Open Access

Psychosexual development and quality of life outcomes in females with congenital adrenal hyperplasia

  • Mansi Kanhere1,
  • John Fuqua2,
  • Richard Rink3,
  • Christopher Houk4,
  • David Mauger5 and
  • Peter A. Lee6Email author
International Journal of Pediatric Endocrinology20152015:21

https://doi.org/10.1186/s13633-015-0017-z

Received: 21 April 2015

Accepted: 21 September 2015

Published: 15 October 2015

Abstract

Background/Aims

Outcome information regarding females with classical congenital adrenal hyperplasia (CAH) have generally suggested poor quality of life (QoL), general maladjustment, problems regarding sexuality, and decreased fertility. The aim of this study was to assess QoL, psychosocial adaptation, and psychosexual characteristics, includingchildhood gender role behavior, gender identity, and sexual orientation in females with CAH.

Methods

Female patients with 21-hydroxylase deficiency CAH were evaluated using a questionnaire with items relating to knowledge of their condition and its therapy; consistency of medical, surgical, and psychological care; childhood friends and play behavior; and genital, pubertal, and sexual development. The subjects’ perception of outcome was compared with family support and adolescent and adult QoL perspectives, including social relationships, self and body image, and gender and sexual issues.

Results

Childhood play and gender characteristics, childhood and adult genital perception, and sexual identity and orientation varied as previously reported. However, most patients indicated good family support, understanding of their condition, good quality medical care, positive self-satisfaction, indices of happiness and body image perception, and satisfaction with their sex lives.

Conclusion

The data reported here suggest that overall outcome can be very good for females with CAH and that good outcome appears to relate to quality of care and positive social support.

The psychosocial outcomes of female patients with congenital adrenal hyperplasia (CAH) have not been consistently defined. Outcome information is limited regarding females who have the classical form of CAH, with reports of poor quality of life (QoL), general maladjustment, problems regarding sexuality, and decreased fertility [1, 2]. Among some, previous genital surgery was probably less refined than currently and may have resulted in external genitalia that impaired both sexual intercourse and sexual responsiveness. With refinements in medical therapy and surgery and changes in societal perspectives regarding gender and sexuality, QoL factors, including socialization and sexuality, need further assessment. Recent studies on QoL and psychosocial adjustment suggest less than satisfactory results; women with CAH have anxiety related to the appearance of their genitalia and decreased body image satisfaction leading to avoidance of sexual activity [35].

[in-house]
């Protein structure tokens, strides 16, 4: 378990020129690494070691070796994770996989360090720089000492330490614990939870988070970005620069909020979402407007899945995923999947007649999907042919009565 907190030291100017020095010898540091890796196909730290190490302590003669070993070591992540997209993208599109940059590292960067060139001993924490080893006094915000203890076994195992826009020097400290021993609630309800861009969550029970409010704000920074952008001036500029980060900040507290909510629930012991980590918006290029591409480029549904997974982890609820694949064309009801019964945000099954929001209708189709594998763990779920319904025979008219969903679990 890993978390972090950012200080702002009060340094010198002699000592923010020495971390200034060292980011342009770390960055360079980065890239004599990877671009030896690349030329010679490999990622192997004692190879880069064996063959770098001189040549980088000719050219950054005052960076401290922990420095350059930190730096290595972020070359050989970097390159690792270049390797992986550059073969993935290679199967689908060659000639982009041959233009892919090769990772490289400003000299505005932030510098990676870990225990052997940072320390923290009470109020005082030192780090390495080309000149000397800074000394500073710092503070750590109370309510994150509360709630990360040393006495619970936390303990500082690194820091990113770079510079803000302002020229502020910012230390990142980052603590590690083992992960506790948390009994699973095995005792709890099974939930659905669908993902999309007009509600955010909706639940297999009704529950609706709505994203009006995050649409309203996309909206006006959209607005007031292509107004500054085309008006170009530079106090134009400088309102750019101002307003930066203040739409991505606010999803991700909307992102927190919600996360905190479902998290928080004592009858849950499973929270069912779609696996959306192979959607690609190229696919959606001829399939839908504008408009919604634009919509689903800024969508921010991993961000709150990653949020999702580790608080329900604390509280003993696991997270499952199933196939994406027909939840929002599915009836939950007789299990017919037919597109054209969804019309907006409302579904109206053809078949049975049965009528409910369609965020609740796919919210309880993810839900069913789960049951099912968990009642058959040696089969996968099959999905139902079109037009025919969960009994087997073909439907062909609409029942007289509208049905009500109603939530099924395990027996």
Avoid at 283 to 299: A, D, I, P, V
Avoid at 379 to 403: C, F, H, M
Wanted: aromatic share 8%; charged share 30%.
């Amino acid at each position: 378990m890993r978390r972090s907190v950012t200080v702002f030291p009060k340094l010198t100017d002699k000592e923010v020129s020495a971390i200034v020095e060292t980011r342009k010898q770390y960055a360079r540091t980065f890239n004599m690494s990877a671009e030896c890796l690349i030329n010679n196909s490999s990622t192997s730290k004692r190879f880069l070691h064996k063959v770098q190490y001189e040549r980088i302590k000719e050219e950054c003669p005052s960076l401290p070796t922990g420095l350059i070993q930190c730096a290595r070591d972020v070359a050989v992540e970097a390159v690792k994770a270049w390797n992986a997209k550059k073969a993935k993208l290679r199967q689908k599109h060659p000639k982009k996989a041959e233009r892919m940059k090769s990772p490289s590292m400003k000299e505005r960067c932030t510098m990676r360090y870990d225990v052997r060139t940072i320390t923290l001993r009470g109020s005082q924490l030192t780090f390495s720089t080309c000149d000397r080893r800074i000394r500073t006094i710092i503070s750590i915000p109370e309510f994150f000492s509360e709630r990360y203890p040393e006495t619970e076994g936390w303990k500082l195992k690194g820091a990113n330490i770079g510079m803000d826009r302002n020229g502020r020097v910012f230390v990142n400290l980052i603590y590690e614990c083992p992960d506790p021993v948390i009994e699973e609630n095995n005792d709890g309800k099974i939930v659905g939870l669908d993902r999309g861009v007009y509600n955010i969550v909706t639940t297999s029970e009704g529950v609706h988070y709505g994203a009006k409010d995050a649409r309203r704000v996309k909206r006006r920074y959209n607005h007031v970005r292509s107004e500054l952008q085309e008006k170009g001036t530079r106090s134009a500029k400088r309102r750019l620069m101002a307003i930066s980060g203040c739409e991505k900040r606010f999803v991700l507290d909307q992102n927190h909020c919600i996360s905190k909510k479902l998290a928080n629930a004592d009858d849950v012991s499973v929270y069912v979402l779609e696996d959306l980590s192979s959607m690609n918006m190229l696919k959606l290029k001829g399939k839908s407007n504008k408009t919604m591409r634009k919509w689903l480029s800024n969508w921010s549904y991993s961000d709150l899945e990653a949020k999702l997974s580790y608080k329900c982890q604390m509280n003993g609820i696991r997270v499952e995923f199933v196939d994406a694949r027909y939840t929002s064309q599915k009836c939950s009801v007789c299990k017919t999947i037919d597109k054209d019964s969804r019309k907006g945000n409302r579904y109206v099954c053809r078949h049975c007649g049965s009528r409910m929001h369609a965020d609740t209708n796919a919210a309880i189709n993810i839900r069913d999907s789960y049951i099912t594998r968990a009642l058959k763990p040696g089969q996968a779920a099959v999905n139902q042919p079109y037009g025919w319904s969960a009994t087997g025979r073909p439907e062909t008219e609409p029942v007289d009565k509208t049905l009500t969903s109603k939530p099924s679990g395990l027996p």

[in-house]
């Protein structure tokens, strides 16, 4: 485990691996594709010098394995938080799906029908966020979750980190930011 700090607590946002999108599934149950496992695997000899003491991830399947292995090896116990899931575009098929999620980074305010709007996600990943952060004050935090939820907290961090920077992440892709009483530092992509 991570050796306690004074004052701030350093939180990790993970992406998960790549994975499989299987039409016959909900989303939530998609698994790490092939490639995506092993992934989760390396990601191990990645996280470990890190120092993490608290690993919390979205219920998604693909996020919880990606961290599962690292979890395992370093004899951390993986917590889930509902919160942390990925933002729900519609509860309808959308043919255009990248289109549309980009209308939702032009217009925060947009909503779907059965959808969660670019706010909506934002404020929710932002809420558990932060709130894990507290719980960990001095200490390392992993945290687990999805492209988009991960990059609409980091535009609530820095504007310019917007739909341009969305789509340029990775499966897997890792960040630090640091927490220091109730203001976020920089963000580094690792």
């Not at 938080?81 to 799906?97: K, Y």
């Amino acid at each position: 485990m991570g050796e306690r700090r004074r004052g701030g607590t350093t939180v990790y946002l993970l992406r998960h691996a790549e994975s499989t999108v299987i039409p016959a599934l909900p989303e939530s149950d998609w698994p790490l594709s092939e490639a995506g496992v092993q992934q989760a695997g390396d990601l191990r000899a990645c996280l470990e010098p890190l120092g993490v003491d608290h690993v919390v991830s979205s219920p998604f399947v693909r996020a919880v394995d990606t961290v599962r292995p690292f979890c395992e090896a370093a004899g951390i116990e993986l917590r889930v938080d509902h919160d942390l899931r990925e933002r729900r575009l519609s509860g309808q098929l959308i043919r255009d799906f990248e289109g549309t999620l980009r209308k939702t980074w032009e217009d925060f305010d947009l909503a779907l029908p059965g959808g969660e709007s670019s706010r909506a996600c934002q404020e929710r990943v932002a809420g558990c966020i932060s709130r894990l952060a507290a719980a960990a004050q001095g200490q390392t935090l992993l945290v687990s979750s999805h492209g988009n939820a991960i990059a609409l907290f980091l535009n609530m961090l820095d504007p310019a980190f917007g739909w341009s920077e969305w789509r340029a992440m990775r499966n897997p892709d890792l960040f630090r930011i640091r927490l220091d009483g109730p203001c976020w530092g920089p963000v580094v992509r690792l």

Exposure of the developing brain to androgens during fetal life is understood to impact post-natal gender and sexual development, including sexual orientation, although these relationships are both multifactorial and not predictable. Gender identity studies from 1950 to 2004 found that while females with CAH are more likely to exhibit male-typical childhood play, the majority who are raised female identify as female and live in their assigned gender [6]. Nevertheless, women with CAH have increased rates of non-heterosexual orientation as compared to the general population. The true frequency is unclear, since reported frequencies range from 3-31 % [7].